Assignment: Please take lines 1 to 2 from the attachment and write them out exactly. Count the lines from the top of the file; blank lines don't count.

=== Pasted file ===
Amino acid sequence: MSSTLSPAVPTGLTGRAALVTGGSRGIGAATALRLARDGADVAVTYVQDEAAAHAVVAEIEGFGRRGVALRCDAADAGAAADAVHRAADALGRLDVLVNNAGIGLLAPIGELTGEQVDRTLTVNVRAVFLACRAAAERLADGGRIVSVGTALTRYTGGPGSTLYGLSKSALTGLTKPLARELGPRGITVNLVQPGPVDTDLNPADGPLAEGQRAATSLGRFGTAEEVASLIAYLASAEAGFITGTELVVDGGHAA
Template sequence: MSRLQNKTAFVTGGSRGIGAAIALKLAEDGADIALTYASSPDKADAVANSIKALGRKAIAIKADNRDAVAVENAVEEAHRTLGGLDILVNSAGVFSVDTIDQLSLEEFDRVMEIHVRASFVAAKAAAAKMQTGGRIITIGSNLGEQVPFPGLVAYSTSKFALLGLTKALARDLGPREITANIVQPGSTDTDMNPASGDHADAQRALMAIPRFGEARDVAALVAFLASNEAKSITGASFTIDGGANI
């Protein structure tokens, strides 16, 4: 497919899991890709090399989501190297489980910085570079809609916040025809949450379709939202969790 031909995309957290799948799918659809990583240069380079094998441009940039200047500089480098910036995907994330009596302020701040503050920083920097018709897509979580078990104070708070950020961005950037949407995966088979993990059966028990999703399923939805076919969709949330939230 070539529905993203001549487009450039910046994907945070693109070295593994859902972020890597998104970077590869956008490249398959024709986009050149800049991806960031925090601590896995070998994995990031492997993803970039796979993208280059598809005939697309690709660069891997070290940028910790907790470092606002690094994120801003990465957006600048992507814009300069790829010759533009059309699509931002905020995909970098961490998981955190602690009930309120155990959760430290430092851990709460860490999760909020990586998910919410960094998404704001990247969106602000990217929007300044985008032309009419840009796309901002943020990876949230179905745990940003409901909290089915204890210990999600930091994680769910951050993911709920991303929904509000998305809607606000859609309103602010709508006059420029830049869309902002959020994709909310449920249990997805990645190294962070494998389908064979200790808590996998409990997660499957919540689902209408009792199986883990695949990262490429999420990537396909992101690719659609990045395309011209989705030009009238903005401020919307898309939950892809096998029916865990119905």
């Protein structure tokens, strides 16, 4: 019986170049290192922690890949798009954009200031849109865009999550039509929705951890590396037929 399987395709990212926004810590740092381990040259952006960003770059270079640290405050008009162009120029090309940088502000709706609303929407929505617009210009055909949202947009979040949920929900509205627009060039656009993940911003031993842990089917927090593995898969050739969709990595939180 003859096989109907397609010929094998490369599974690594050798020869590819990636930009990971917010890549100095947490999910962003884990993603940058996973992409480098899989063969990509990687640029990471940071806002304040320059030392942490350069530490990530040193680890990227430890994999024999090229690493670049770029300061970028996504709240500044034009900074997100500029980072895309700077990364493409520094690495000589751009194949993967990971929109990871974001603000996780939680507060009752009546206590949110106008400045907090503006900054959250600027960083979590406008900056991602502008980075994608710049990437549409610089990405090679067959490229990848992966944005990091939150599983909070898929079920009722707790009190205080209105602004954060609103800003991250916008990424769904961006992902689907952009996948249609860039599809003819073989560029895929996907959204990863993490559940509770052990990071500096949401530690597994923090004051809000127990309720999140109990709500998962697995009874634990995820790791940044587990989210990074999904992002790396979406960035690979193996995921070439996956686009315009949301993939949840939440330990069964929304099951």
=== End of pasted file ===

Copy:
Amino acid sequence: MSSTLSPAVPTGLTGRAALVTGGSRGIGAATALRLARDGADVAVTYVQDEAAAHAVVAEIEGFGRRGVALRCDAADAGAAADAVHRAADALGRLDVLVNNAGIGLLAPIGELTGEQVDRTLTVNVRAVFLACRAAAERLADGGRIVSVGTALTRYTGGPGSTLYGLSKSALTGLTKPLARELGPRGITVNLVQPGPVDTDLNPADGPLAEGQRAATSLGRFGTAEEVASLIAYLASAEAGFITGTELVVDGGHAA
Template sequence: MSRLQNKTAFVTGGSRGIGAAIALKLAEDGADIALTYASSPDKADAVANSIKALGRKAIAIKADNRDAVAVENAVEEAHRTLGGLDILVNSAGVFSVDTIDQLSLEEFDRVMEIHVRASFVAAKAAAAKMQTGGRIITIGSNLGEQVPFPGLVAYSTSKFALLGLTKALARDLGPREITANIVQPGSTDTDMNPASGDHADAQRALMAIPRFGEARDVAALVAFLASNEAKSITGASFTIDGGANI